How did an ancient virus help shape the human brain? In this episode, Joe and Jeremy sit down with Dr. Jason Shepherd, Assistant Professor of Neurobiology and Anatomy, Biochemistry and Opthalmology & Visual Sciences at the University of Utah School of Medicine, to discuss the role of Arc (activity-regulated cytoskeleton-associated protein) in the regulation of synaptic plasticity. Learn also how Dr. Shepherd and his group discovered a possible new role for Arc in transcellular signaling that may indicate its origin as an ancient retrovirus that integrated into the genome. If you can bear the puns, this episode packs a fascinating story of a career bridging molecular and in vivo processes and an unanticipated discovery.
57- Behavioral Time Scale Synaptic Plasticity with Dr. Jeff Magee
Cells that fire together wire together. Hebbian mechanisms of plasticity, summarized by that simple phrase, have dominated the field of learning and memory for decades. However, they present limitations when applied to many behavioral paradigms. On this episode Jeremy, Audrey, and Andre sit down with Dr. Jeff Magee, Howard Hughes Medical Institute Investigator, The Cullen Foundation Distinguished Endowed Chair at the Jan and Dan Duncan Neurological Research Institute, and Professor in the Department of Neuroscience at Baylor College of Medicine. They'll discuss how Dr. Magee's work looking at dendritic processes led him and his group to discover a new plasticity paradigm, in place field learning that breaks from traditional Hebbian rules. Hear also how Dr. Magee keeps active in the lab and his advice for young investigators.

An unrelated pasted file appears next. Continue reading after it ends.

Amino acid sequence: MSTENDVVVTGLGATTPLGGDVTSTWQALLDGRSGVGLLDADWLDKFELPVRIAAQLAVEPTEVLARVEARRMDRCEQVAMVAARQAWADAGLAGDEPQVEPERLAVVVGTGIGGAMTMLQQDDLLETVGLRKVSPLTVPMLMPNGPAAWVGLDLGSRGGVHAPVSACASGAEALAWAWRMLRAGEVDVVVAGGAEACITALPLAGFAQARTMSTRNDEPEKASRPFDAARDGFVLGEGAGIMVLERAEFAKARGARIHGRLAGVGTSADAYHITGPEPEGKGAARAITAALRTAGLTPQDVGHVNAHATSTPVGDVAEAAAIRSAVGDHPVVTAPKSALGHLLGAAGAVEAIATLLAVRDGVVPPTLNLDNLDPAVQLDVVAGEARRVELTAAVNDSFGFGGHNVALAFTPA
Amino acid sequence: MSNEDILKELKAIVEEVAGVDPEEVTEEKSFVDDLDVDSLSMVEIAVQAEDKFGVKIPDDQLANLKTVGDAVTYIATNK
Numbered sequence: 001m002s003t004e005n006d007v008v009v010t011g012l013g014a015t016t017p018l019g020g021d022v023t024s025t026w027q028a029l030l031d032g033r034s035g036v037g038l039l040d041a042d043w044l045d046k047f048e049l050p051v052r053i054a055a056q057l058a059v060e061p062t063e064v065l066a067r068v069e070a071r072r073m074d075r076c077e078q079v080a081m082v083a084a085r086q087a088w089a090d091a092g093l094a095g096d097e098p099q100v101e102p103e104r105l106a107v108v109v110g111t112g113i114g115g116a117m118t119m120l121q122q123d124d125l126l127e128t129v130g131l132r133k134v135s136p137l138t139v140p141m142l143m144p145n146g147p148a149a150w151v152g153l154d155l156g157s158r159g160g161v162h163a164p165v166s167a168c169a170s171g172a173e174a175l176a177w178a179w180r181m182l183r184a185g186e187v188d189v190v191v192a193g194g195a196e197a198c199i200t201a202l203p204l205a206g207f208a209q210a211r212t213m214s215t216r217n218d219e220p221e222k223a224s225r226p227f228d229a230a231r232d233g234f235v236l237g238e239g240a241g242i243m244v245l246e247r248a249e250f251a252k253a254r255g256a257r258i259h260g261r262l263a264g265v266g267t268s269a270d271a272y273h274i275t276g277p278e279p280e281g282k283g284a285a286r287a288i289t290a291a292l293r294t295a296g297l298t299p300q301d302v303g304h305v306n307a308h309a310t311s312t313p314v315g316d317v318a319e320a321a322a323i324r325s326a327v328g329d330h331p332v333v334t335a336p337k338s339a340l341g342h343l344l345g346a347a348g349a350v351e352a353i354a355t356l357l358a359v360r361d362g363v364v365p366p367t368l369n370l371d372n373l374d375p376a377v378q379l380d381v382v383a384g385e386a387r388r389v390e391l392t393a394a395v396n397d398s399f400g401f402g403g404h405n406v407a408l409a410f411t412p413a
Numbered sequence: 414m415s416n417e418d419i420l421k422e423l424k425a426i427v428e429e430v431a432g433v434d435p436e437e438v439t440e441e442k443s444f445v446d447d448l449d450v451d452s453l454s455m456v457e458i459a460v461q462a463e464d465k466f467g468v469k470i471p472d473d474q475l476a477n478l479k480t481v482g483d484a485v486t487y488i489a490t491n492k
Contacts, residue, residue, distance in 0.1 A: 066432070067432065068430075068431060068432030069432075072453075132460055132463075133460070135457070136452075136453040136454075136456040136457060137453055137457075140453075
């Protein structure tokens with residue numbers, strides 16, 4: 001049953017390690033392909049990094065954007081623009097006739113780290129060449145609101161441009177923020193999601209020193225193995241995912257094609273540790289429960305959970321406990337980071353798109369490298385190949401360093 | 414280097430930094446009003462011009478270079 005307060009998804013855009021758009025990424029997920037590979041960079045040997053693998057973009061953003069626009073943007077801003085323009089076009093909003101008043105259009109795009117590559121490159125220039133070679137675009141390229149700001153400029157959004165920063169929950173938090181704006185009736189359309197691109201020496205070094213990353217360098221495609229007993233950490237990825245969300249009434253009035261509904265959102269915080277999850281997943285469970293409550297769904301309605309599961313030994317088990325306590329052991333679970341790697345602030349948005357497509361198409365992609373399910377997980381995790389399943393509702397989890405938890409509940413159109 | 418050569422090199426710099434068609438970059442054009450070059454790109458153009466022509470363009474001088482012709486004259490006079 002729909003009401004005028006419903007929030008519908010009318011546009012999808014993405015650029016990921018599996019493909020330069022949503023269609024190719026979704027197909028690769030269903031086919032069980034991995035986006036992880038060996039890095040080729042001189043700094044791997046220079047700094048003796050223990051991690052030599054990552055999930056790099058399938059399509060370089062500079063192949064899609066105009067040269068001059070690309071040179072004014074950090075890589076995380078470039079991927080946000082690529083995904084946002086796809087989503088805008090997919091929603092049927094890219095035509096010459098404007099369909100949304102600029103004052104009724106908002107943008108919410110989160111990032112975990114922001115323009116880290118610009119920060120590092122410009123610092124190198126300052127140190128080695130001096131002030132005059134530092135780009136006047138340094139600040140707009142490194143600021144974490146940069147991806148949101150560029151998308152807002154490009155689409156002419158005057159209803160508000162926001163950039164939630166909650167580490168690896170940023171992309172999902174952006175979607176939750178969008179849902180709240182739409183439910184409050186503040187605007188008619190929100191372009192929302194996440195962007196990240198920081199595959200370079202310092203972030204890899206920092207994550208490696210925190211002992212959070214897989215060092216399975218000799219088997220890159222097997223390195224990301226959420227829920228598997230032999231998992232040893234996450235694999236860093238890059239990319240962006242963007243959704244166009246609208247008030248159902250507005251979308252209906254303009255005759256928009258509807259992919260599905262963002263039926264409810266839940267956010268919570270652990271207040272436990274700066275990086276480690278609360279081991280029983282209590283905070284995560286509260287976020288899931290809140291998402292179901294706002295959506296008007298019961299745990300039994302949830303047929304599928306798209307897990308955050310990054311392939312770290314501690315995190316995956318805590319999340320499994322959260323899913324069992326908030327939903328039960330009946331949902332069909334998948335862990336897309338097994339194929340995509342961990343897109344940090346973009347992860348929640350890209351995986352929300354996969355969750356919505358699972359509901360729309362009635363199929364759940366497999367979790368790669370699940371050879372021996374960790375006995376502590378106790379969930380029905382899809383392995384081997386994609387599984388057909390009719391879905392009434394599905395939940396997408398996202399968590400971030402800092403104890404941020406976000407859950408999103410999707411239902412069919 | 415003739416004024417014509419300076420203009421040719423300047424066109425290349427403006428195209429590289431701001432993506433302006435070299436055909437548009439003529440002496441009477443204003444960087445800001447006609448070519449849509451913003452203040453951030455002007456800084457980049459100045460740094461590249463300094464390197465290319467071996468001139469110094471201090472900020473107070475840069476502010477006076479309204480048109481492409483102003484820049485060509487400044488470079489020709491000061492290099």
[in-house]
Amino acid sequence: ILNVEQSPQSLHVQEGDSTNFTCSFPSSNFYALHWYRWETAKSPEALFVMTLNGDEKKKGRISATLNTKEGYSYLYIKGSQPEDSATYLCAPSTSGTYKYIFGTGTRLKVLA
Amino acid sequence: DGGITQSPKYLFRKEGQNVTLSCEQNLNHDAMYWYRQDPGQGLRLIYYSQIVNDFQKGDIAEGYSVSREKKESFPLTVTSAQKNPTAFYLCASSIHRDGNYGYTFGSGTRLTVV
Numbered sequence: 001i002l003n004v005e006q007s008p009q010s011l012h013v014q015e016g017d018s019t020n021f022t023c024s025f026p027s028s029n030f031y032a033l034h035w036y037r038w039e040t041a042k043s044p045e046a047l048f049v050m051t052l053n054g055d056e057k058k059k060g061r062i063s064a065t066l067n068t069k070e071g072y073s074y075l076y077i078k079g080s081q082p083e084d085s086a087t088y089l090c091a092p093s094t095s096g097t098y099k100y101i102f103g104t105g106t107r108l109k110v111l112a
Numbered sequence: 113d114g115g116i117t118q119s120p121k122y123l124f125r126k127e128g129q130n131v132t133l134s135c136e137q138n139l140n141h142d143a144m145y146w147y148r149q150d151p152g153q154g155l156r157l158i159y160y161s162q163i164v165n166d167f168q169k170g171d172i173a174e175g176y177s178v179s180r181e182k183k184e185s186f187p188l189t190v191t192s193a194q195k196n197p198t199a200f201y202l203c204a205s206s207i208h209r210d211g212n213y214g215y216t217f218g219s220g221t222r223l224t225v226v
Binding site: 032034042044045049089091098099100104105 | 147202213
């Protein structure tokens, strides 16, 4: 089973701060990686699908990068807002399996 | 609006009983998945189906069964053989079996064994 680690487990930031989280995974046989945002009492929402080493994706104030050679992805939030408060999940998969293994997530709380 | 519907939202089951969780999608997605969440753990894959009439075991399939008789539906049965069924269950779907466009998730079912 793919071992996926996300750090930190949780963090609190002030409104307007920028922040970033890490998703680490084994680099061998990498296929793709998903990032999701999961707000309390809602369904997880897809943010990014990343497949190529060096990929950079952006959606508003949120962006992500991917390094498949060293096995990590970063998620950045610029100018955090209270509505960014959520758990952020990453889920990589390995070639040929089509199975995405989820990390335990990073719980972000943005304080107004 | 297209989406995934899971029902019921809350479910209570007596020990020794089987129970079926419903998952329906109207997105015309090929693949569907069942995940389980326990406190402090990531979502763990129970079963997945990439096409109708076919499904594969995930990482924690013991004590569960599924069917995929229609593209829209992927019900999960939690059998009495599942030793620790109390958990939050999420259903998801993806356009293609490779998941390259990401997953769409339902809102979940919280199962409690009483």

56: Scientific Funding at the National Science Foundation with Dr. Kurt Thoroughman
On the final episode recorded live from the Society for Neuroscience Conference 2019, Jeremy sits down with Dr. Kurt Thoroughman, Associate Professor in the Department of Biomedical Engineering at Washing University in St. Louis, and Director of the National Science Foundation's (NSF) Cognitive Neuroscience program. Learn about how NSF is structured, the role of a program director, how a grant application is evaluated, and the opportunities available for trainees.
55- SfN 2019: NINDS Building Up the Nerve with Dr. Lauren Ullrich
At the 2019 Society for Neuroscience Conference in Chicago Misha catches up with an old friend of the podcast Dr. Lauren Ullrich (Ep #13), Scientific Program Manager at the National Institute of Neurological Disorders and Stroke. Learn about the process of applying for funding from the NIH and how Dr. Ullrich's new podcast 'Building up the Nerve' is giving a peek into the life cycle of a grant.
54- SfN2019: Journal of Neuroscience, Mentorship, & Nicotine Addiction with Dr. Marina Picciotto